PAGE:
“Everybody’s goal is to get the kids back in school safely, in person, and playing their sports,” said Allison Crepeau, a sports and medicine specialist at Connecticut Children’s in Hartford. “To be realistic, it would be good for teams to understand, for high school athletes, some people may be vaccinated and some people are not, and in those off-times, everybody should be wearing masks and minimizing handshakes, contact, huddles and times when people are close together when they don’t have to be.”
The delta variant
The potential spread of the COVID-19 delta variant will be key to monitor, Crepeau said. The Centers for Disease Control and Prevention considers the variant “more transmissible than the common cold and influenza,” in addition to other COVID strains. Research about the variant is ongoing, but researchers at Yale Medicine say the best way to protect against the variant is to get vaccinated.
“We know the delta variant is more contagious and that even people who are vaccinated can get it and unfortunately still spread it, but the trend is people who have it and are vaccinated are less sick and avoid hospitalization,” Crepeau said.
“The ideal situation is to have everybody who can be vaccinated, get vaccinated. There’s no mandate right now and that is a personal choice, but it does help protect the students,” she continued.
Of the 286,082 children in the 12-17 age group eligible for the vaccine, 140,802 have been vaccinated, according to state data. That amounts to about 49% of those eligible who have been inoculated. The towns with the highest vaccination rates for that age group tend to be among the wealthiest, including Greenwich, Westport and Darien. For all age groups, much of the eastern part of the state, in addition to some cities (Hartford, New Haven, Bridgeport, Waterbury), have lower vaccination rates than other parts of the state.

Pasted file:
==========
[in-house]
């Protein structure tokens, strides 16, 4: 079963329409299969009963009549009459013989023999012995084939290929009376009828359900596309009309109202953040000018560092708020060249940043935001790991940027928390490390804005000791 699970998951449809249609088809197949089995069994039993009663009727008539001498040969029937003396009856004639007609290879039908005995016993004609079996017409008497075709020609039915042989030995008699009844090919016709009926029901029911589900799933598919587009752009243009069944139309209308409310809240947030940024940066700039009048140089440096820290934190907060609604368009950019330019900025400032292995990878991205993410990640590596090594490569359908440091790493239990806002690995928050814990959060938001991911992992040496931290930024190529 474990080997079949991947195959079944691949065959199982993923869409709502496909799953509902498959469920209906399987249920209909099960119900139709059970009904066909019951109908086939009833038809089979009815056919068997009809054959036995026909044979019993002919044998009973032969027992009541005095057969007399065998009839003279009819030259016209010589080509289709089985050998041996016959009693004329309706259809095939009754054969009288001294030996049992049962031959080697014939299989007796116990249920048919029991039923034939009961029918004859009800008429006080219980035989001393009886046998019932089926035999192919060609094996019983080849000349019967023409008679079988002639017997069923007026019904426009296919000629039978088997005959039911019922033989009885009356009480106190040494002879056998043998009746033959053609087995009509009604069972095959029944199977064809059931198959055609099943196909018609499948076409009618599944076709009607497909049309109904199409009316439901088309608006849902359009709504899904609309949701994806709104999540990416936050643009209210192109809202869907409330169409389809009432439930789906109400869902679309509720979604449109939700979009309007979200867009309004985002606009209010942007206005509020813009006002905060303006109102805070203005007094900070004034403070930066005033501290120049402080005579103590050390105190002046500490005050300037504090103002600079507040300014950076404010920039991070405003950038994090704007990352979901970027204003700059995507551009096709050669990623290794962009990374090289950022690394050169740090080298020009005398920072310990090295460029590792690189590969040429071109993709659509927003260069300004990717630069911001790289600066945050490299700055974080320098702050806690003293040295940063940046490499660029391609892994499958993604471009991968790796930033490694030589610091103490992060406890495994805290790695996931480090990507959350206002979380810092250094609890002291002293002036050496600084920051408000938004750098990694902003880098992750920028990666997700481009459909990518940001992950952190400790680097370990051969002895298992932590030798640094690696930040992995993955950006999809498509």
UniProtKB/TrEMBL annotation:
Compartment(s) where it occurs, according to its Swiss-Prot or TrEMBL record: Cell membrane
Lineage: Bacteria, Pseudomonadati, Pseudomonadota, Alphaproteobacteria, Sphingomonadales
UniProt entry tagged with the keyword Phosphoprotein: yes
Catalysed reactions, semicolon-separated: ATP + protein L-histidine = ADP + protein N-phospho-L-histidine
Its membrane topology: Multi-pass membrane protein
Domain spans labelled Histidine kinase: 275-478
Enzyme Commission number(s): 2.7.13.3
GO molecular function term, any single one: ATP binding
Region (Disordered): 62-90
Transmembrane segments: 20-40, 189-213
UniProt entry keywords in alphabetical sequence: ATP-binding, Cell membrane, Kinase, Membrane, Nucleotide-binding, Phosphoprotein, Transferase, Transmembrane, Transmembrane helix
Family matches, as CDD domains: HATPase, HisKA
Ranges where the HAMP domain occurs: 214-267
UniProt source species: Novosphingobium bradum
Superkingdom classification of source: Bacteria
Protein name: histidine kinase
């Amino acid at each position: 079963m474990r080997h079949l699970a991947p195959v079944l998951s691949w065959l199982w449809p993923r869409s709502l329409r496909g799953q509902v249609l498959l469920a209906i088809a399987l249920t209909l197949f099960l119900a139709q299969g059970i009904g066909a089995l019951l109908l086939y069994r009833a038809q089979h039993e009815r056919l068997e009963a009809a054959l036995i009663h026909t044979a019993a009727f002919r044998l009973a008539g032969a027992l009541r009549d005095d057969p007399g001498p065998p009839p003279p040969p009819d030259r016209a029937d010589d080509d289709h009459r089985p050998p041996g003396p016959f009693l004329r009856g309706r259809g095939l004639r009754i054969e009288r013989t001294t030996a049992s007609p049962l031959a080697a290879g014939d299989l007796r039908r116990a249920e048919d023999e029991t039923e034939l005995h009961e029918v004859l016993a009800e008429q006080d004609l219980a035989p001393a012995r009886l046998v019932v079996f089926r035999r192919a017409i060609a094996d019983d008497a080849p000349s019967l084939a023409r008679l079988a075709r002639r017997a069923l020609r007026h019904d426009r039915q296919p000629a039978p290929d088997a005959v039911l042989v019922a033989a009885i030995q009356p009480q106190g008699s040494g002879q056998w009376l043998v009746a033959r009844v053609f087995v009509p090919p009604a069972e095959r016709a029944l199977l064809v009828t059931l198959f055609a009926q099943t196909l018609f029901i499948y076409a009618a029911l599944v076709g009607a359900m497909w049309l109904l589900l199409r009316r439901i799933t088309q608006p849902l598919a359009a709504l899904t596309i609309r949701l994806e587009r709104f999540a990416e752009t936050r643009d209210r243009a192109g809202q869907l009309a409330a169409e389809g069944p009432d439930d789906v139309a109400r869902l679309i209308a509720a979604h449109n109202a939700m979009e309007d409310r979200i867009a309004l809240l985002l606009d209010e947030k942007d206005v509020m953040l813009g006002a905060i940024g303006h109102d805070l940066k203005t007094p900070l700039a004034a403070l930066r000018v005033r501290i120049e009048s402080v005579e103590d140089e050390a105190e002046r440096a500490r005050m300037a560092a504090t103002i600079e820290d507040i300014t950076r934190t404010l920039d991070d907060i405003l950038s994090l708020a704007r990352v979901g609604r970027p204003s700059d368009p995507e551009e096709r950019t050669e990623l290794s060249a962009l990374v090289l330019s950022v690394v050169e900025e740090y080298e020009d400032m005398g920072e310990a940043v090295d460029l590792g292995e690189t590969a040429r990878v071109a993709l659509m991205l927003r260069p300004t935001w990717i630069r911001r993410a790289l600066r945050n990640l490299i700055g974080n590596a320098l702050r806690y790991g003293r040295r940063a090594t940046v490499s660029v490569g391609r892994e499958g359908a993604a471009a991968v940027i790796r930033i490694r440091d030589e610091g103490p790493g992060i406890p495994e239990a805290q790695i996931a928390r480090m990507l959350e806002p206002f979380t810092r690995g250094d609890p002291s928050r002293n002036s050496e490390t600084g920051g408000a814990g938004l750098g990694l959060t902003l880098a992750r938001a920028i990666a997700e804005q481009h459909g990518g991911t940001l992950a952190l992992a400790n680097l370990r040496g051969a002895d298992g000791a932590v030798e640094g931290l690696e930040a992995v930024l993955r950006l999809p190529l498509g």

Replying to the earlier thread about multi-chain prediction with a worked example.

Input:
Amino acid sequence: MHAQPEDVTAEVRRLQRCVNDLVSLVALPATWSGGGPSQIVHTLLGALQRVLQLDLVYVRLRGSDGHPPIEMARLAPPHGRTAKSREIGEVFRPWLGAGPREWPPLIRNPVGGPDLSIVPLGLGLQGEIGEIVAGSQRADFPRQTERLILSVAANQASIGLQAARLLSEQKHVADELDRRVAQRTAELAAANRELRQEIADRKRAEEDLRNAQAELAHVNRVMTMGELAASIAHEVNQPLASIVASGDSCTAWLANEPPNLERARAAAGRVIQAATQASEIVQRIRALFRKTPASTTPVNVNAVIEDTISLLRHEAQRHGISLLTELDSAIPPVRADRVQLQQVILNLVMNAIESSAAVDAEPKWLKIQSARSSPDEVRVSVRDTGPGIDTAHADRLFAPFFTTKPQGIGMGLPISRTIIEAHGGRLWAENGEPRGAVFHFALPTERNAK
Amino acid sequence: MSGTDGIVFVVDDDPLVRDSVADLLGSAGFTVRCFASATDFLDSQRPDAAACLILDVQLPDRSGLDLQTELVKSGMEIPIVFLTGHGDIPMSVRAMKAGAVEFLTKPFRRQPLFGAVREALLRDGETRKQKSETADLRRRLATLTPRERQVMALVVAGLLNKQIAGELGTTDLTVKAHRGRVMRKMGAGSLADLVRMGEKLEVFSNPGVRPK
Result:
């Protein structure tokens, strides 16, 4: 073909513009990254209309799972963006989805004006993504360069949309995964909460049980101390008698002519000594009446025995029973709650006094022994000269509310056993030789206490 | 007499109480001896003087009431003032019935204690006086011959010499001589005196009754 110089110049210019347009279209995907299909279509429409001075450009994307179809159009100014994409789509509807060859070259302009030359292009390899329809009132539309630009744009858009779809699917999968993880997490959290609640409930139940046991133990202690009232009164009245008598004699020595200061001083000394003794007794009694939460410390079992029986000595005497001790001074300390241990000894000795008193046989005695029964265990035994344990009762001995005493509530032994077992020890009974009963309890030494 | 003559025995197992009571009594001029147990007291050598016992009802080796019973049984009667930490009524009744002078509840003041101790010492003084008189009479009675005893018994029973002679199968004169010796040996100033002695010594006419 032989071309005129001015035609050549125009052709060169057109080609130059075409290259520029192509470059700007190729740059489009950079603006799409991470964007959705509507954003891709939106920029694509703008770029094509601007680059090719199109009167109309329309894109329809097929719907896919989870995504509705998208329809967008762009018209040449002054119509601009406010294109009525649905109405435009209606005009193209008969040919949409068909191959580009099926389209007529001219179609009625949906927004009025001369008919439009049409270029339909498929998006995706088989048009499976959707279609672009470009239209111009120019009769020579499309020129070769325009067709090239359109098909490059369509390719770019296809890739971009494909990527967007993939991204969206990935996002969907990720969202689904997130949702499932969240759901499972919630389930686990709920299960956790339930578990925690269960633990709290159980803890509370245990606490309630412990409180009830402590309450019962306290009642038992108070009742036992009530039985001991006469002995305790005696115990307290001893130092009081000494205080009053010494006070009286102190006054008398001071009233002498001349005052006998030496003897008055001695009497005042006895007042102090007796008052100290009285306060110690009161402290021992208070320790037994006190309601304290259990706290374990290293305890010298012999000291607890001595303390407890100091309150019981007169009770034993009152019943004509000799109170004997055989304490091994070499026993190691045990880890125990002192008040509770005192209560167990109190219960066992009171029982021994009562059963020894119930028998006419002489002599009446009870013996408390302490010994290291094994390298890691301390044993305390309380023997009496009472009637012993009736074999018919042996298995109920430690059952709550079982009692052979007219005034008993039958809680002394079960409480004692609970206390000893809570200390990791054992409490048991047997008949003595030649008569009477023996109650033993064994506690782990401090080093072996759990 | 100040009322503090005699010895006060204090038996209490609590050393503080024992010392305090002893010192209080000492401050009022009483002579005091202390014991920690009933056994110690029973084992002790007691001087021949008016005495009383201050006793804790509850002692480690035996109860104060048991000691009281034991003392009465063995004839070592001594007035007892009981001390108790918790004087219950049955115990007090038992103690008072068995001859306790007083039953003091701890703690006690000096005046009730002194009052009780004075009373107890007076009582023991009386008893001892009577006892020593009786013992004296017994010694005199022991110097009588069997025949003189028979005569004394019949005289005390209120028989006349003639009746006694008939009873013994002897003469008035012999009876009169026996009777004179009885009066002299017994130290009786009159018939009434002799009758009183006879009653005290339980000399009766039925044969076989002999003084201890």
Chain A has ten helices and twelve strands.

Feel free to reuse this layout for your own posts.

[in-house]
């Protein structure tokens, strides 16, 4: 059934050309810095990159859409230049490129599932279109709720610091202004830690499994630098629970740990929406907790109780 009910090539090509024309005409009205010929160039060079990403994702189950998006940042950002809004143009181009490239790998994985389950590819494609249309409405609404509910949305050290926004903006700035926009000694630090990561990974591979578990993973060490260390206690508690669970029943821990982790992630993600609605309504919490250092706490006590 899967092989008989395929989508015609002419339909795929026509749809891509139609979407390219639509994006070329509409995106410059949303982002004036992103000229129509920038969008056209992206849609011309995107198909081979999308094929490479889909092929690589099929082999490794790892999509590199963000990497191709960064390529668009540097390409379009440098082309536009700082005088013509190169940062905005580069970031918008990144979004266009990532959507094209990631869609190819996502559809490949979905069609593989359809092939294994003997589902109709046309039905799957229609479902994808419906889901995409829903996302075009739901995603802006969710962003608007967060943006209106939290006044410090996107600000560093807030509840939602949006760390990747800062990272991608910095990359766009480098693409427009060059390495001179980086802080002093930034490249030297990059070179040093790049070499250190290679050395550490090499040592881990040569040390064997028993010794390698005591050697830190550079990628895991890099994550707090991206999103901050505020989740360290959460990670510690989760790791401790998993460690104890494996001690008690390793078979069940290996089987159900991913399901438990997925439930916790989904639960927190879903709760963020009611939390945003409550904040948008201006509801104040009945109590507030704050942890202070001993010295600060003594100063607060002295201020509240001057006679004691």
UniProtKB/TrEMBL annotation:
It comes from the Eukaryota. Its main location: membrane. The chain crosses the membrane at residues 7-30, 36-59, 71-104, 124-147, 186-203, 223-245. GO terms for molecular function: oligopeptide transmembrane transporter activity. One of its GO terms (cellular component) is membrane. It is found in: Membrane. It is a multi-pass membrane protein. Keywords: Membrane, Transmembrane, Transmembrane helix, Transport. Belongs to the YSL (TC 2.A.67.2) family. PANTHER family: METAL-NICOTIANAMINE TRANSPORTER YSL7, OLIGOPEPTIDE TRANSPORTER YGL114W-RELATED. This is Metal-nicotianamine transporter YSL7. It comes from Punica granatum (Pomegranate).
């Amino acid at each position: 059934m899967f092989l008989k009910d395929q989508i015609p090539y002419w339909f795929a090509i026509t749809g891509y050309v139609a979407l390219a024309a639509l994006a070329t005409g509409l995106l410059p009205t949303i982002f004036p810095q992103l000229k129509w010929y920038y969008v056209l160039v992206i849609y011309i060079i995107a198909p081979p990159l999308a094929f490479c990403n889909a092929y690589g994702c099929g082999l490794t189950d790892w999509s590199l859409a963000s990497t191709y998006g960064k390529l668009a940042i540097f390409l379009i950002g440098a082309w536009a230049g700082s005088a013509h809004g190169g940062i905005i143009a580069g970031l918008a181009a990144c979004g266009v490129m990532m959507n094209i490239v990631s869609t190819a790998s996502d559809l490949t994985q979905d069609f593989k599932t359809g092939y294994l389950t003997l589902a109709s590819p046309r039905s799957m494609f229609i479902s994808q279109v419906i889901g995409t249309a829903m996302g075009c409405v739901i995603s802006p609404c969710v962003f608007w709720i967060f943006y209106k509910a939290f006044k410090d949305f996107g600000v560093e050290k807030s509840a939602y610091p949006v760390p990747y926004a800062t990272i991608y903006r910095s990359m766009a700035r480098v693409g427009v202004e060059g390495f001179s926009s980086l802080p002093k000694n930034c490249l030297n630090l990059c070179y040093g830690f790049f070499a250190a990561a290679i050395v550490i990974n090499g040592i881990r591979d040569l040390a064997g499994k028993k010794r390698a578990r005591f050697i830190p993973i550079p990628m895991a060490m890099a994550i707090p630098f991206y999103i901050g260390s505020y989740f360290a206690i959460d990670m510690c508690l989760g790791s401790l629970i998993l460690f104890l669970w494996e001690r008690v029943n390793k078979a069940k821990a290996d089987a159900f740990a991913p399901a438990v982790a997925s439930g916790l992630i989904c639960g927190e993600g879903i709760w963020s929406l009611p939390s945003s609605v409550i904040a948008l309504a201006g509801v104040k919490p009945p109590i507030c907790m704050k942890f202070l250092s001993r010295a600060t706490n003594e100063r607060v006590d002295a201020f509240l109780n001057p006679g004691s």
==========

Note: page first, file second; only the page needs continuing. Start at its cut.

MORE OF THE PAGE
Banach, the UConn doctor, added that getting “as many athletes vaccinated as possible helps reduce the risk both to individuals and also of there being transmission occurring on a team”
“We’re seeing individuals who are vaccinated develop infection, but the symptoms are overwhelmingly very mild, particularly in younger, healthier individuals who are vaccinated,” Banach said. “So the vaccines do protect against more severe illness.”
Connecticut has seen limited hospitalizations of teenagers when it comes to the delta variant, Crepeau said. Still, there are concerns about what she has seen in other parts of the country.
“We have a good vaccination rate so it’s still at a dull roar in Connecticut, but talking to friends in Florida and places like that, their hospitals are filled, even at the children’s hospitals,” she said.
Most fall sports will be played outside: football, soccer, cross country, field hockey. But volleyball and girls swimming will be inside.
Volleyball players are required to wear masks during play and swimmers are required to wear masks while on the pool deck.
“The masks for indoor sports can have a role,” Banach said. “For sports like volleyball, during play people are pretty distant but then huddling up and those close interactions would be a bit of a higher risk and the use of masks would help mitigate that.”
Fan attendance for those sports, and capacity for the other sports outside, may be decided by local school districts.
Sean Patrick Bowley contributed to this report.